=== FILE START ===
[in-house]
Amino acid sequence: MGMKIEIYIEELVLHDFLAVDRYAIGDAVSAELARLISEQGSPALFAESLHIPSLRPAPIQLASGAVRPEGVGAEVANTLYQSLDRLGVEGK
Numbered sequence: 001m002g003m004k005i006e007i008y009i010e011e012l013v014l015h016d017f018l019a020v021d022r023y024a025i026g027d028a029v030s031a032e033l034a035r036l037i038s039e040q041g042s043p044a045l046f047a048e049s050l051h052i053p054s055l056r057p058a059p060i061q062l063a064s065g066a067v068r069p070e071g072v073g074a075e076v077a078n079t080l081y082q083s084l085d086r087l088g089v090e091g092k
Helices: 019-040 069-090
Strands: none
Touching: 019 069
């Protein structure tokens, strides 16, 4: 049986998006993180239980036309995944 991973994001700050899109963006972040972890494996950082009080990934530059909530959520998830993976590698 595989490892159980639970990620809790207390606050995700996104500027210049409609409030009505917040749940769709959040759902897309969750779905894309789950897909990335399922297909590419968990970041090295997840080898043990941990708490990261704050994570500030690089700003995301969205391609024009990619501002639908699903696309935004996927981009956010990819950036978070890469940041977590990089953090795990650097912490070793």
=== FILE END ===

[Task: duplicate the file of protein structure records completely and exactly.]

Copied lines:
[in-house]
Amino acid sequence: MGMKIEIYIEELVLHDFLAVDRYAIGDAVSAELARLISEQGSPALFAESLHIPSLRPAPIQLASGAVRPEGVGAEVANTLYQSLDRLGVEGK
Numbered sequence: 001m002g003m004k005i006e007i008y009i010e011e012l013v014l015h016d017f018l019a020v021d022r023y024a025i026g027d028a029v030s031a032e033l034a035r036l037i038s039e040q041g042s043p044a045l046f047a048e049s050l051h052i053p054s055l056r057p058a059p060i061q062l063a064s065g066a067v068r069p070e071g072v073g074a075e076v077a078n079t080l081y082q083s084l085d086r087l088g089v090e091g092k
Helices: 019-040 069-090
Strands: none
Touching: 019 069
């Protein structure tokens, strides 16, 4: 049986998006993180239980036309995944 991973994001700050899109963006972040972890494996950082009080990934530059909530959520998830993976590698 595989490892159980639970990620809790207390606050995700996104500027210049409609409030009505917040749940769709959040759902897309969750779905894309789950897909990335399922297909590419968990970041090295997840080898043990941990708490990261704050994570500030690089700003995301969205391609024009990619501002639908699903696309935004996927981009956010990819950036978070890469940041977590990089953090795990650097912490070793």